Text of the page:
I used to sell time. Not clocks, time.
I made the pieces myself, painstakingly, lovingly, in the shop on Rue de Temps. They were works of art in and of themselves. Some people — foot traffic who passed and happened to glance into the window when the light was just right — bought them and just used them as clocks, even at the prices I was charging. But my main business came to me word-of-mouth.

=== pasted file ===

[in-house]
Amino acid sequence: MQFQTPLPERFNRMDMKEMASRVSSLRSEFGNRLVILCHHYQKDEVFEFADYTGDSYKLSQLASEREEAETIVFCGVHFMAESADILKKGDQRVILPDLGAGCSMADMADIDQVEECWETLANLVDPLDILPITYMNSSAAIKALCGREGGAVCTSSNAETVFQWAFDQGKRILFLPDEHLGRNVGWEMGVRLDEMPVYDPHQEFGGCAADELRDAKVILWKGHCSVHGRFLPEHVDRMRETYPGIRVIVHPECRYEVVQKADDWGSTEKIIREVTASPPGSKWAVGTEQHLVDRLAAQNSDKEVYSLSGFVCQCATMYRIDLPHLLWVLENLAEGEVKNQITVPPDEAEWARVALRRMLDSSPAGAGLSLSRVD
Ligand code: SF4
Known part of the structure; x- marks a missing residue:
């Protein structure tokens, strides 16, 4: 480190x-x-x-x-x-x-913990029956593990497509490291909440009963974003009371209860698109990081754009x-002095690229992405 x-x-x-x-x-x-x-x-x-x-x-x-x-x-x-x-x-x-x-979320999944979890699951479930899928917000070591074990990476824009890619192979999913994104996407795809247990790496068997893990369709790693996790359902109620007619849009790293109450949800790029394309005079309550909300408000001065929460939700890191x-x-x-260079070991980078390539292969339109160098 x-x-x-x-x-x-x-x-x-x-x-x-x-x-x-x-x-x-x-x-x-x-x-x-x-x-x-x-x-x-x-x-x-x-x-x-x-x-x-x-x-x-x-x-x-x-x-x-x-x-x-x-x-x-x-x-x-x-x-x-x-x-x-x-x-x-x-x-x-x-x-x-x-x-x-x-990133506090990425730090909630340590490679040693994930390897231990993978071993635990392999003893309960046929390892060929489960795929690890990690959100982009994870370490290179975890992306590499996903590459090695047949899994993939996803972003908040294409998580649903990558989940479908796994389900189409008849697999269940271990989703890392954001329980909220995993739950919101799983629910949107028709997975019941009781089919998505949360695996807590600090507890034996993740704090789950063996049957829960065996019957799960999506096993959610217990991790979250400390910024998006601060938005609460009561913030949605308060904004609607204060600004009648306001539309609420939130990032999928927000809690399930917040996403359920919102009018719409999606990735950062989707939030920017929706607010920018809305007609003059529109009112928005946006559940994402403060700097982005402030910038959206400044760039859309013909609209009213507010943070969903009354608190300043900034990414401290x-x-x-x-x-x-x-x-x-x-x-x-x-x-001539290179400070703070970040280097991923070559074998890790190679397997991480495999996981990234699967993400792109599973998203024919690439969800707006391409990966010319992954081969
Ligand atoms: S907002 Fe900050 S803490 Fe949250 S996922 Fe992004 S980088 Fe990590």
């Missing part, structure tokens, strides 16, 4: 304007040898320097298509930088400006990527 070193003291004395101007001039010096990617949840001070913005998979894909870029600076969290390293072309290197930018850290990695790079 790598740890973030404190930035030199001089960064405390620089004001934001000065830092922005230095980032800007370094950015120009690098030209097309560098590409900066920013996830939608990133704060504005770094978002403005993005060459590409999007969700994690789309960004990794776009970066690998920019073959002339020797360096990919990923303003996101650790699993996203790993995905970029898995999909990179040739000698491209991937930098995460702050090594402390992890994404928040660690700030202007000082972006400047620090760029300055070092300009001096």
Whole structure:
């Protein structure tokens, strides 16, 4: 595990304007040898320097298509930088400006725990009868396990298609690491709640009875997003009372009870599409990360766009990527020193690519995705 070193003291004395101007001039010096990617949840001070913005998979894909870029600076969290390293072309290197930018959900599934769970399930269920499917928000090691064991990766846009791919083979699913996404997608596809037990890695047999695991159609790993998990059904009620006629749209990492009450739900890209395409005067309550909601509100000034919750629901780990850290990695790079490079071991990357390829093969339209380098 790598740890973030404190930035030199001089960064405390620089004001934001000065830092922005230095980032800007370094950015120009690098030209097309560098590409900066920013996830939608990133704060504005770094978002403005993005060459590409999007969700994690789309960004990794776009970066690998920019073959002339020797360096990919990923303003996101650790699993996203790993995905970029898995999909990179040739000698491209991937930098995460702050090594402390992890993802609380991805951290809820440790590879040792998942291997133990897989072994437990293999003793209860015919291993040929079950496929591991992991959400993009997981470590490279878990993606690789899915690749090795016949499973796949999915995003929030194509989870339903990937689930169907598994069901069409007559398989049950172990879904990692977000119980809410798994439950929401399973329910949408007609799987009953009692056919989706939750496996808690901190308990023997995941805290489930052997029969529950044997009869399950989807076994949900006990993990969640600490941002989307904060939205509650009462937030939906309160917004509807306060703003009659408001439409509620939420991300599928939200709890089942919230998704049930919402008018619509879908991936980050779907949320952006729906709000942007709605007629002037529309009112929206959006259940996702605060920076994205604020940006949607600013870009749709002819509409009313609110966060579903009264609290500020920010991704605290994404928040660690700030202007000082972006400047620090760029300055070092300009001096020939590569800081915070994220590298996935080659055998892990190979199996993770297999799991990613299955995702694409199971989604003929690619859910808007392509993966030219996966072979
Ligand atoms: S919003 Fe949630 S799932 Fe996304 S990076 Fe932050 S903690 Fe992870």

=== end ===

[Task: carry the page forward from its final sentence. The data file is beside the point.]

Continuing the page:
That’s always how it is, when you’re an artisan.
Most people bought small: a watch, for a few more hours with a lover; an extra week, to prepare for a trip overseas; a month for a novelist whose deadline was looming. Once, I built a grandfather clock for an elderly man whose doctors had told him to put his affairs in order.
But now, the Germans are coming. I put it off as long as I could.